A Canadian company says it has an environmentally safe alternative to road salts that won't cause the kinds of corrosion problems that have been plaguing the trucking industry since the introduction of liquid de-icers containing magnesium chloride and calcium chloride.

Severe winter weather is causing a shortage of de-icers in some areas, so Earth Innovations is offering a ton of its EcoTraction free to the first 20 qualified municipalities who contact the company. Chicago is the first city to take the company up on the offer.

Unlike deicing salts, the company says the unique green-colored mineral works in the coldest temperatures and helps create traction in freezing rain.

"Unlike road salt, EcoTraction can actually benefit the environment because of its natural soil amendment and water filtration properties," says Mark Watson, co-founder and CEO. "It won't damage vegetation ... plus it is safe to touch or inadvertently ingest by pets, and won't corrode concrete, steel structures or rust cars."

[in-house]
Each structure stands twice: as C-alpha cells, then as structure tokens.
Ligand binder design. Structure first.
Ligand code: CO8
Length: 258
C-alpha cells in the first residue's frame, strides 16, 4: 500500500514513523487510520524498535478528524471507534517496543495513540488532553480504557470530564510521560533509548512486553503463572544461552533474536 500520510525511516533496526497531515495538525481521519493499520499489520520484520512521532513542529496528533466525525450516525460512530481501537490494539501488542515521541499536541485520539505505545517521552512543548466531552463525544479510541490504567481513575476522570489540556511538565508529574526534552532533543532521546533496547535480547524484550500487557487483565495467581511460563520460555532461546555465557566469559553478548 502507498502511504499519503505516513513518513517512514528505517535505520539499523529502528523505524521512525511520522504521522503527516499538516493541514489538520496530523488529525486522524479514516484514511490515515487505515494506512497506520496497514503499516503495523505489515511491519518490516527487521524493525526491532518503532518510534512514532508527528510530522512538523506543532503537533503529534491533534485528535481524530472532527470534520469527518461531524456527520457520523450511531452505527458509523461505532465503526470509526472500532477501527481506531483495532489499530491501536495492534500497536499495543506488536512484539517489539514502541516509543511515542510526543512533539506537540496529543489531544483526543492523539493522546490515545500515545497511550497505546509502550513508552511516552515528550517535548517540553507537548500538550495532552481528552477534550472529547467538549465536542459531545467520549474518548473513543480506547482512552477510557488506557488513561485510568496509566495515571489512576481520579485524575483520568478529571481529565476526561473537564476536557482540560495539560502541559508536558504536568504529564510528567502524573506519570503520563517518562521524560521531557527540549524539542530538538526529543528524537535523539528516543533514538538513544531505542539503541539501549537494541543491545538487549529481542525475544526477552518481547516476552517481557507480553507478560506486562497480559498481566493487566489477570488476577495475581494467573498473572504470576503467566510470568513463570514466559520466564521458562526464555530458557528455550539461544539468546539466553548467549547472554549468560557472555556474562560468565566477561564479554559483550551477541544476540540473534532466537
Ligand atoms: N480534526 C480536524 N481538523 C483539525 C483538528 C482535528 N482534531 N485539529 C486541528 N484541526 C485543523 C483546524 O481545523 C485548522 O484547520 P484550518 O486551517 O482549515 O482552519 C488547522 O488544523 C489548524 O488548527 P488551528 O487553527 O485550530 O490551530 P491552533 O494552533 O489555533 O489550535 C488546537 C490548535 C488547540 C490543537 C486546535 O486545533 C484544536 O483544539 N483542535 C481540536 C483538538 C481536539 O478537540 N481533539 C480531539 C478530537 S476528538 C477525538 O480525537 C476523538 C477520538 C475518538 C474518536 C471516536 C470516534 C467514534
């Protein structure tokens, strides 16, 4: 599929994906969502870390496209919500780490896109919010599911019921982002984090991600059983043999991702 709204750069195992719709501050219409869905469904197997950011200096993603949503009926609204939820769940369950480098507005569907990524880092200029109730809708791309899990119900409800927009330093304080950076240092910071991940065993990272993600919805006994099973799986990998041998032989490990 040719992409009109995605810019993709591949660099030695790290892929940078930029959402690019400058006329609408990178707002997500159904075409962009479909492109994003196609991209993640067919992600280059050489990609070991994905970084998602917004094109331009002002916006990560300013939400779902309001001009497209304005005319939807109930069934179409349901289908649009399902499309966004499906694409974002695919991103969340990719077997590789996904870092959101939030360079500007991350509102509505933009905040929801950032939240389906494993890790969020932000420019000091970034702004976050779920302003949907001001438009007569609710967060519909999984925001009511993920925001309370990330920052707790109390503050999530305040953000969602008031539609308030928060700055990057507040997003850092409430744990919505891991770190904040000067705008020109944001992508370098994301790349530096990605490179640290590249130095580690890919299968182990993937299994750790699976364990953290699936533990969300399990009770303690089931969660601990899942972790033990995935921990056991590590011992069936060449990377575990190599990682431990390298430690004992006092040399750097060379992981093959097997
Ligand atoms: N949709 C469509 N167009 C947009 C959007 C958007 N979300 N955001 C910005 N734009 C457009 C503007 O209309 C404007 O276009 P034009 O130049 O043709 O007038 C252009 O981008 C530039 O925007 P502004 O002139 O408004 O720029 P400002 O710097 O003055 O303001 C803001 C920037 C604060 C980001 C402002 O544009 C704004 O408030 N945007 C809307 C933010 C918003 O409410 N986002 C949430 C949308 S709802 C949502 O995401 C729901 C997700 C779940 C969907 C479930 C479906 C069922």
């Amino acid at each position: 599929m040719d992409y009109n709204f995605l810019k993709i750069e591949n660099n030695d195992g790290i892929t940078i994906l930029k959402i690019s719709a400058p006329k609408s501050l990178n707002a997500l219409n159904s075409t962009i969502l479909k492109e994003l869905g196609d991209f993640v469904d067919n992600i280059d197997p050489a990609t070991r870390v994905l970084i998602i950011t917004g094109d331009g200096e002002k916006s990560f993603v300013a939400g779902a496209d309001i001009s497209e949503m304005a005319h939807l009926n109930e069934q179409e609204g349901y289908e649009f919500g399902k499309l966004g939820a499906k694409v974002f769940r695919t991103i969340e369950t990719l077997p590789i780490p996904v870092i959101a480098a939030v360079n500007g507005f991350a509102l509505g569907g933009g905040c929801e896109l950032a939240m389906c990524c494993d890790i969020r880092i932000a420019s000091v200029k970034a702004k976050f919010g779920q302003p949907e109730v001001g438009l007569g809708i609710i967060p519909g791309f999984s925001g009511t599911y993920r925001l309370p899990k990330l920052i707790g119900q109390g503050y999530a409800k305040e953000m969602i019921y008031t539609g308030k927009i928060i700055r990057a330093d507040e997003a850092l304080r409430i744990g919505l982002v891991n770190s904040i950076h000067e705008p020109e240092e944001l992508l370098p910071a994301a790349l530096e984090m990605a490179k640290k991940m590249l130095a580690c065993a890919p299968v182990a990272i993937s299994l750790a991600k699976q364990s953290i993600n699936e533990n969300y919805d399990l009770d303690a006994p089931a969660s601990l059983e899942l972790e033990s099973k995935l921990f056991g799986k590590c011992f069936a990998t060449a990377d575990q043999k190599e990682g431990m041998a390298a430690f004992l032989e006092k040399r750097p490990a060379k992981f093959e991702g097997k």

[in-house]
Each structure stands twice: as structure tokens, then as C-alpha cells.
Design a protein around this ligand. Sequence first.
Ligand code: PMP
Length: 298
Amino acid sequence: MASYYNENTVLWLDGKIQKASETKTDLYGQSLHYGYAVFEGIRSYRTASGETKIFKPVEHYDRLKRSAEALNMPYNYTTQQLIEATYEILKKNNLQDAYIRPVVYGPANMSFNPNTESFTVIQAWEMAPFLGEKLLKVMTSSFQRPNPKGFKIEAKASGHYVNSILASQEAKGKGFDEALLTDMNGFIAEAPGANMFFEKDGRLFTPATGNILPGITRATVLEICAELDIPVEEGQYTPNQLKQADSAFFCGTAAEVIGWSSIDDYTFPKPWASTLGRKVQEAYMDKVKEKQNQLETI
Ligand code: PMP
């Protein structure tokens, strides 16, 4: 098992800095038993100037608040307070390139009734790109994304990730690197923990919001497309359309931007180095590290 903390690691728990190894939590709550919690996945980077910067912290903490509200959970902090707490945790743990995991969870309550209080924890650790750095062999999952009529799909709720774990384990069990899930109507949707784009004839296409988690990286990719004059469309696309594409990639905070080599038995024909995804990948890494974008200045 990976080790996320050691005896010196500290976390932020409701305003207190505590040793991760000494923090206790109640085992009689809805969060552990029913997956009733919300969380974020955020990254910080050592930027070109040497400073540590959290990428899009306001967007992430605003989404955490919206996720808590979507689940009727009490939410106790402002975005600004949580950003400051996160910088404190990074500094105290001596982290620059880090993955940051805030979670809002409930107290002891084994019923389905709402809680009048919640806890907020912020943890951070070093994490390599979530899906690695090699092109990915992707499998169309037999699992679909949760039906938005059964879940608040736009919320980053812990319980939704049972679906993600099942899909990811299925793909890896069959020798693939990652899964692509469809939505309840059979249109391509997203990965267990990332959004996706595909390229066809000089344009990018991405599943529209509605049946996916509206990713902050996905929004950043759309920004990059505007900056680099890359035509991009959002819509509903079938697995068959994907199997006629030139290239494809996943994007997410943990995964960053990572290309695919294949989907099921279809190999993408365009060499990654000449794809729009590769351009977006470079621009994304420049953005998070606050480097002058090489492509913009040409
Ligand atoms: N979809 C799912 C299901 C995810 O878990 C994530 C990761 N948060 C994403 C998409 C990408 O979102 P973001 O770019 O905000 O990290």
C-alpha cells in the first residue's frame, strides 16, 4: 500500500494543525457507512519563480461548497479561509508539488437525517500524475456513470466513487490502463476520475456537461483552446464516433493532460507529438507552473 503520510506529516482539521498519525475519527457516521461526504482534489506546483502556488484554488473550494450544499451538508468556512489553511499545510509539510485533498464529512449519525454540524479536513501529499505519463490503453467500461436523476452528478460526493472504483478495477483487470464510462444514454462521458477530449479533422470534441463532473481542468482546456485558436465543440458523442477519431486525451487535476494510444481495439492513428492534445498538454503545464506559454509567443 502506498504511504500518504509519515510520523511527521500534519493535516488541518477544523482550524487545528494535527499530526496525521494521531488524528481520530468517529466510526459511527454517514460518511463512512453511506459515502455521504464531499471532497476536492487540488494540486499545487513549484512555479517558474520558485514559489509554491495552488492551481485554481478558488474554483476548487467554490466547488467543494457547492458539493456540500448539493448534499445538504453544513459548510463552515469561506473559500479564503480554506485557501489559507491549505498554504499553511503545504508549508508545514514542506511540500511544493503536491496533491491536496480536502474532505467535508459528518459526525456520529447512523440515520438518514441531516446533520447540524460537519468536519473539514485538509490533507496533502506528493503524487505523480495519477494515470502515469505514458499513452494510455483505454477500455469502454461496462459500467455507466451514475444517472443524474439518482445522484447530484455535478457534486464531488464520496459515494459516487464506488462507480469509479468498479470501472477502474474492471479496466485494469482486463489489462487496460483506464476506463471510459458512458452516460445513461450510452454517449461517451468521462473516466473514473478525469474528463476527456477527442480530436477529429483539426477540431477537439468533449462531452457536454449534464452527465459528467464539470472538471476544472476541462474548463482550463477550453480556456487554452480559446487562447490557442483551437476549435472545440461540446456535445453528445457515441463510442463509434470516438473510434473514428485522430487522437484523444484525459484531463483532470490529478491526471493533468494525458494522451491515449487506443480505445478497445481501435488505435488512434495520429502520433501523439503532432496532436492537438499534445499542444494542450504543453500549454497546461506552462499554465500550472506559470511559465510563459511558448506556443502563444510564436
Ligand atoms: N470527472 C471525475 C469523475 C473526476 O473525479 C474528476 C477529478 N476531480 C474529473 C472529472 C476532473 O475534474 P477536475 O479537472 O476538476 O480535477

The unusual product is made of a highly porous volcanic mineral with a unique honeycombed jagged structure. Each granule acts like a rigid sponge that embeds itself into ice by absorbing the thin layer of water that makes icy surfaces slippery, creating a "sandpaper effect."

EcoTraction was created in 2005 after Watson lost his dog to cancer. After consulting with a veterinary oncologist, he concluded that the cause was likely the toxins in road salt that his dog inadvertently ingested by licking his paws after winter walks.

A near-record 20.3 million tons of road salt was used last year in the United States. Watson hopes that municipalities across North America will re-evaluate the hidden costs of deicing salts and their effects on the environment and infrastructure. He points to the conclusion of the National Association of Corrosion Engineers: "A number of factors contribute to bridge corrosion. One of the most common is the use of deicing salts on roads and bridges… The salts cause corrosion of the steel reinforcing bars and other steel components supporting the bridge. This form of corrosion is the main cause of concrete bridge deterioration."